NC: (taking script out) Dude, how did that even fit in there?!

Tamara: Just skip to the end. Does it wrap up like a "Scary Stories" book or not?

NC: It doesn't end, it just says, "Percy Jackson-style sequel baiting."

Malcolm: So these "frightened" you when you were younger?

NC: (holds up "Scary Stories Treasury"; anguished) THIS ISN'T "SCARY STORIES"! I mean, sometimes it is, but mostly it's just a weak retread of other various stories!

(Suddenly, they spot another man (played by Rob), also shining a flashlight on his face.)

Man: (speaking in a thick accent) How's this thanks to me?

(NC yelps in surprise, as does this man.)

Tamara: (excited) Guillermo del Toro!

Malcolm: The master of masters!

Tamara: Are you joining our spooky campfire, too?

Del Toro: No, this is just how I talk to everyone online.

NC: Del Toro, you're a talented filmmaker. (holds up "Scary Stories Treasury") How did you miss the mark with this?

Del Toro: Well, I planned to direct a film version of "Scary Stories to Tell in the Dark"...

Malcolm: Of course!

Tamara: Sure to be a masterpiece.

Del Toro: ...but then I decided, "Nah."

Malcolm: Well played.

Tamara: It would not have matched your brilliance.

Del Toro: But I still wrote and produced it.

Malcolm: An inspired choice.

Tamara: I will kill whoever you want me to kill.

Del Toro: Wow. Whenever I leave a project, the people who take over...

(A montage of shots of movie posters is shown: Pacific Rim: Uprising, the Hobbit trilogy, the remake of The Witches.)

Del Toro (vo): ...know how to capture my...

Del Toro: ...original intent.

NC: Do they?

Del Toro: I don't care, I'm working on fifty other things.

NC: (massaging his temples) With films like this, it shows.

(The title for this movie is shown, followed by footage of it.)

NC (vo): Based on the hit collection of spooky folklore that was actually banned from some schools...

(Shots of the book series, three in all, are superimposed.)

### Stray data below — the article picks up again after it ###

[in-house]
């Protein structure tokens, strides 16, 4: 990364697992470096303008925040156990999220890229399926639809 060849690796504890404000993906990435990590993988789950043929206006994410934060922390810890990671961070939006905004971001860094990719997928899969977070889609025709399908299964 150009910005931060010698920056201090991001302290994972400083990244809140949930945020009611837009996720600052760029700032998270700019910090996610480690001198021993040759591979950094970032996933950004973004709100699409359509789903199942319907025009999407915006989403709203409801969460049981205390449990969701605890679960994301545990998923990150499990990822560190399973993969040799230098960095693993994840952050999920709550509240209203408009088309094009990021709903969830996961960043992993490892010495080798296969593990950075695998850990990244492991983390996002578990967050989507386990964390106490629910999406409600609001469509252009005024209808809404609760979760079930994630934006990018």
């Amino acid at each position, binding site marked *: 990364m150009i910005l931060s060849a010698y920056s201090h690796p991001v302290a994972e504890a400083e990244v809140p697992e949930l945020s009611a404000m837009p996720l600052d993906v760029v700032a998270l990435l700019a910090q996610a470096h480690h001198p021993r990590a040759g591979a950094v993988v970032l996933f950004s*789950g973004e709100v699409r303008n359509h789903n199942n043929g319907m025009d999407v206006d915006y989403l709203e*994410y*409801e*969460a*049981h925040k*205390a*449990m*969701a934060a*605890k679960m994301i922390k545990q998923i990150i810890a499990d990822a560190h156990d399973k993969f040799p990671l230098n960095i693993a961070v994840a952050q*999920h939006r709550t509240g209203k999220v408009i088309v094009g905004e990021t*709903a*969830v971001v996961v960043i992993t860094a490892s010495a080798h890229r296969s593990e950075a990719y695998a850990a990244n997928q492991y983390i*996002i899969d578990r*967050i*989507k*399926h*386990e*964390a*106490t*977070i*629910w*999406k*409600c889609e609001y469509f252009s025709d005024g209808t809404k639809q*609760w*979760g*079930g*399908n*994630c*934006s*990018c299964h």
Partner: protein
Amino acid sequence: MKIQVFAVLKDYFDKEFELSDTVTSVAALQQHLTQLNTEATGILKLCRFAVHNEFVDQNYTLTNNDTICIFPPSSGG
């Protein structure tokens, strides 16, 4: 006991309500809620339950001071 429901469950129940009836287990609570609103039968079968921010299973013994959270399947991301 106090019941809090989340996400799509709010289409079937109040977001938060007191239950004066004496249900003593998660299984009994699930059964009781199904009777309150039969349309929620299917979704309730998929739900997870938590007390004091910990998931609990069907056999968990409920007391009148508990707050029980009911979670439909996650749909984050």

NC (vo): ...Scary Stories to Tell in the Dark left a gigantic impression on countless kids. From the classic stories passed from generation to generation to those blood-curling illustrations that are masterworks in their own right, they are just as memorable and timeless now as they were when they were published in the '80s and '90s. So like many, I was hyped as hell to hear a movie was being made about them, hoping this would be a legitimately frightening kids like the ones we used to get in the '80s and possibly a new generation's (Posters for the following are superimposed...) Creepshow, Trick 'r Treat, or Tales from the Darkside. But while the first part came true, being so intense it got a PG-13 rating, Scary Stories sadly wasn't an anthology film, only sneaking in elements from the books and focusing on a completely different plot. I guess we've seen properties (Posters for the following are superimposed: Spider-Man: Into the Spider-verse, The Lego Movie, Wes Craven's New Nightmare and Joker) try a different, even self-aware angle before and achieved great success, but where I'll always remember Miles Morales or Arthur Fleck, I'm not gonna remember... I've forgotten their names already! But with decent critical reactions, audience reactions, and even a sequel on the way, should we be content with a passable film containing some great scenes? Or should we be pissed that we could have gotten one of the great game-changing horror films, particularly for younger people?